Thursday, September 21, 2006

In Limbo: The Saga of Yanks Abroad

by Tim Froh

American players abroad can never seem to get things right, and the fans are even worse. Who would've thought, two years ago, that Bobby Convey would be in the most ideal playing situation of any American player in late 2006? At the time, Reading was a good, but certainly not great, club in the English First Division (soon to be renamed the Coca-Cola Championship), and Bobby couldn't even get off the bench. Fast forward one year later. Bobby is not only starting for Reading, but winning plaudits for his play on the left wing, and shockingly enough, scoring goals as well. Reading itself was tearing apart the Championship, winning game after game enroute to one of the greatest finishes in the history of modern first division football. Now Bobby is regularly playing in the English Premier League, and according to SkySports, was recently offered a deal with Hamburg, a Champions League club in the German Bundesliga.

Now compare Bobby's situation with DaMarcus Beasley's. When Beasley left for PSV Eindhoven some two years ago, the situation seemed ideal. DaMarcus would be playing for a club that was world renowned for its ability to develop young stars. He would be playing in the Champions League under one of the world's greatest tacticians, Guus Hiddink. Unlike Convey, Beasley began his PSV tenure brightly, scoring more goals in his first season than he ever scored in MLS, including several in the Champions League. On one special night, he terrorized Jap Staam, Holland and AC Milan's famed central defender. But then something went horribly wrong.

In his second season with PSV, DaMarcus was plagued by problems both on the field and off. He struggled to assert himself into Hiddink's plans, being confined to a substitute's role. With his confidence sinking, Beasley's behavior off the pitch suffered. In January, 2006, Beasley was arrested for drunk driving, and in April, was prosecuted for a DUI. Meanwhile, his on-the-pitch woes continued at the worst time possible. Not only was Hiddink leaving PSV at the end of the season, but the World Cup was only two months away.

That World Cup performance and its aftermath cannot be pinned solely on DaMarcus. He was only one of many of our European and MLS based players that simply did not show up to play in Germany. Head Coach Bruce Arena did little to help DaMarcus' waning confidence, first starting him out of position (on the right side of midfield) against the Czech Republic, then singling him out for criticism after the game. Arena continued to play Beasley out of position (now in central midfield) against both Italy (as a substitute) and against Ghana. What should have been his moment of vindication, a game-winning late goal against Italy, was reversed by Brian McBride's obstruction of Italian goalkeeper Gianluigi Buffon.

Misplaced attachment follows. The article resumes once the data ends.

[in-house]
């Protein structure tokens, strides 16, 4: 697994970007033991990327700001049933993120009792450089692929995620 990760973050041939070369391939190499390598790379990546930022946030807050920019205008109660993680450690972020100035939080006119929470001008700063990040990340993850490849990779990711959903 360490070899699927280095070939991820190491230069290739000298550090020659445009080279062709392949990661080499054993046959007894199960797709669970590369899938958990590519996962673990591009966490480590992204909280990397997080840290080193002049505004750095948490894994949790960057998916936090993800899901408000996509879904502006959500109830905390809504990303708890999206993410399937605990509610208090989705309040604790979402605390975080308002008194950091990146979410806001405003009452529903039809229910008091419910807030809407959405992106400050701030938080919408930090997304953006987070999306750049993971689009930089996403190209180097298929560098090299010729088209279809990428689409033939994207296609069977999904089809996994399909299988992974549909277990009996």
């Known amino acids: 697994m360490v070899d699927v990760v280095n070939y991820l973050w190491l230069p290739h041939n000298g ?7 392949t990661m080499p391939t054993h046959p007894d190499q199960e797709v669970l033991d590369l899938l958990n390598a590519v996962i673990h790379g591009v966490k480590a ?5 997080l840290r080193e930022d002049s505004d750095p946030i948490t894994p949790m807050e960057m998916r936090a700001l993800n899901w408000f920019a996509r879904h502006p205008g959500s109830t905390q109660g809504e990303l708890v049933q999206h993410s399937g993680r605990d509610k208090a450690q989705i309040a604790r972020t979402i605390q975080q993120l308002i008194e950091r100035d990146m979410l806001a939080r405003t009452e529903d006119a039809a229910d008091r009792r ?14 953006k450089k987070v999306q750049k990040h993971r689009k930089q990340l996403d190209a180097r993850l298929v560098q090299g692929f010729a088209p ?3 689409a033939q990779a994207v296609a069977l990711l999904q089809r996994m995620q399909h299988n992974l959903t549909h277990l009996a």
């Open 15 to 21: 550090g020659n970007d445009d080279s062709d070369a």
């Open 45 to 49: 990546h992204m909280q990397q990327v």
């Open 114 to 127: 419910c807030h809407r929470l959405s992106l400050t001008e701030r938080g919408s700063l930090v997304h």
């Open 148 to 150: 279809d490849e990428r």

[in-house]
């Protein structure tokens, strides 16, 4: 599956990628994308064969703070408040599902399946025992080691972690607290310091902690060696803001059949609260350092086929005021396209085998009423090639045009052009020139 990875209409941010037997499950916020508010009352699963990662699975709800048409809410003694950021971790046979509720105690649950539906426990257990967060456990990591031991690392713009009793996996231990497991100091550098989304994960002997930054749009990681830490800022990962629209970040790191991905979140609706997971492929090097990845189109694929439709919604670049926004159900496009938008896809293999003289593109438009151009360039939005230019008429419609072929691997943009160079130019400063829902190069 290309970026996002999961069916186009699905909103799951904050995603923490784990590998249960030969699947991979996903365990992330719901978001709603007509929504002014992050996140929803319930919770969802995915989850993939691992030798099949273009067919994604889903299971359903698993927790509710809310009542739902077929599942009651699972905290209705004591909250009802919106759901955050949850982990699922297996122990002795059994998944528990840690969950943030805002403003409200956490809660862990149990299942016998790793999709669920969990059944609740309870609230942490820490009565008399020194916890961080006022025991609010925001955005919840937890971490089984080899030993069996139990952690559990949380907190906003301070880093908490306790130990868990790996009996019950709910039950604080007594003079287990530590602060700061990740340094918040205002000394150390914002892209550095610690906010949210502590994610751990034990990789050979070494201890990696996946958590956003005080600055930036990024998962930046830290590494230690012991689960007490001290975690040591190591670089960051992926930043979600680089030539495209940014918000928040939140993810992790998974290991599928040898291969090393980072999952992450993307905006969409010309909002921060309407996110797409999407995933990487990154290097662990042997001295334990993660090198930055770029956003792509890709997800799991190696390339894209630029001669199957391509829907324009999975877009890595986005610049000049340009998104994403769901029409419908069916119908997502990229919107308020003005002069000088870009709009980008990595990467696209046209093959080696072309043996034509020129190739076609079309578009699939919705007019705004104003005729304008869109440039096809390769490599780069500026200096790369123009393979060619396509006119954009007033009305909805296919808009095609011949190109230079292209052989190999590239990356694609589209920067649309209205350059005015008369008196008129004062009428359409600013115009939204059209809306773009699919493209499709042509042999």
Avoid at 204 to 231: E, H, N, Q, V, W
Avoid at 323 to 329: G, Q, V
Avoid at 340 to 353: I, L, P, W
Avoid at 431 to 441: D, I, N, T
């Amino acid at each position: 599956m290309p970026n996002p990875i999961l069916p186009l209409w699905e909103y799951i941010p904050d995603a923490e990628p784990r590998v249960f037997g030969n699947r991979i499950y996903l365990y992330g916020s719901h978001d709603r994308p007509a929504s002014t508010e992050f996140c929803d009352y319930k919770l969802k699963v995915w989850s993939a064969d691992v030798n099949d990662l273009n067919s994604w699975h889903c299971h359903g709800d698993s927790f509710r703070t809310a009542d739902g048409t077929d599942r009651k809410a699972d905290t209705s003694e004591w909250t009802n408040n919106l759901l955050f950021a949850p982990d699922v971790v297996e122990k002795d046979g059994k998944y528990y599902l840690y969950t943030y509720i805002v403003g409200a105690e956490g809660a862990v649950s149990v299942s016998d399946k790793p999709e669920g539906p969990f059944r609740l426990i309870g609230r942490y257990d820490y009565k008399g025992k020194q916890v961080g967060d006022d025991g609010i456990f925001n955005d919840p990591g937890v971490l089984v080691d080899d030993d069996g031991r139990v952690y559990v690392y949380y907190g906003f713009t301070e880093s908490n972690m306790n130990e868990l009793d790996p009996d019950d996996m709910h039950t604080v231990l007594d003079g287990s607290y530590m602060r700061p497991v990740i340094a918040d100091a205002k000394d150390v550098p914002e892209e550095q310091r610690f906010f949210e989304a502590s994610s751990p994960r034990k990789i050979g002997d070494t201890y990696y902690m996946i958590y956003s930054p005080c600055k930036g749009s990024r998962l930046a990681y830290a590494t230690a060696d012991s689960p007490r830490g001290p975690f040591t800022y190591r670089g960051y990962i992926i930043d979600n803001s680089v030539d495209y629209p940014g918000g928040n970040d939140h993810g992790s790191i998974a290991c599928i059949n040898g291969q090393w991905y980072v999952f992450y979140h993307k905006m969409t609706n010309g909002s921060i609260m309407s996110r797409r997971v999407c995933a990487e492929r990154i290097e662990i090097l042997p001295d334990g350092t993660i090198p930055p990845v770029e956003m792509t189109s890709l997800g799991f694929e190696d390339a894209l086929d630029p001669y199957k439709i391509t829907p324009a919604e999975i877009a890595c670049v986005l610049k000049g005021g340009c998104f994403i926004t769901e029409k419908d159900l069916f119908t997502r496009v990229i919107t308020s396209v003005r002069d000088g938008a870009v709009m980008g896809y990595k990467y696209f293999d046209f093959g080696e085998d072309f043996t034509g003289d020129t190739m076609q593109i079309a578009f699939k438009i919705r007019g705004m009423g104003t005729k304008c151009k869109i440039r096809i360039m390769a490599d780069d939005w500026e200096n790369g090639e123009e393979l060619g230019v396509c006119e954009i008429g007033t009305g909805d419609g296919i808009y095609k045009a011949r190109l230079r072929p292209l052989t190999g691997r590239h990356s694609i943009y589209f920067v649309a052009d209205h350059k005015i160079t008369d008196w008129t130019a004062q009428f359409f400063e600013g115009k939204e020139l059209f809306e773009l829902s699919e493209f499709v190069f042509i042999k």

It's no surprise then that Beasley, in the dog house with both club and country, would want a change of scenery. In August, PSV agreed to send him on loan to Manchester City of the English Premier League. Still nursing a hamstring injury, Beasley is yet to start for the club. Yet what is most troubling is that Beasley has left one trying situation, only to find himself in another. City is currently fighting what will doubtless become a fierce relegation battle, and recently lost to Championship cellar dwellers Colcester City in the Carling Cup. The adversity that Beasley will face this season may make or break his confidence and indeed, his career.

Most remarkable though, is how systematic Beasley's story is of the problems facing many American players abroad. Few have enjoyed the success of a Bobby Convey or a Jay DeMerit (or early in their careers, Kasey Keller and Claudio Reyna). Both Bobby and Jay had something to prove in England, whereas coddled players like Landon Donovan and DaMarcus Beasley have struggled when things got tough. To his credit, DaMarcus has stuck it out and wants desperately to turn his European career around. Landon infamously fled back to the safe confines of MLS. Either way, Europe is a dangerous place for American players, and only those with the strongest wills survive. It's heartening to see a player like Tim Howard fight it out at Manchester United and when things didn't work out, he secured a loan to Everton.

Now more than ever are many of America's most talented young players choosing to play abroad. Benny Feilhaber and Preston Zimmerman are fighting for first team time with Hamburg, and Benny recently was placed on Hamburg's Champions League roster as a reward for his consistently good second-team play. These two, along with young men like Michael Bradley, Johann Smith, and Jonathan Spector, fight it out in the reserves for their chance with the first team. Like Bobby, they know that if they keep fighting and keep working hard, their time will come. While we're always impatient for results as fans, maybe just maybe we can be patient and trust that these kids know what they're doing. Lord knows they deserve it.

Comments on "In Limbo: The Saga of Yanks Abroad"


post a comment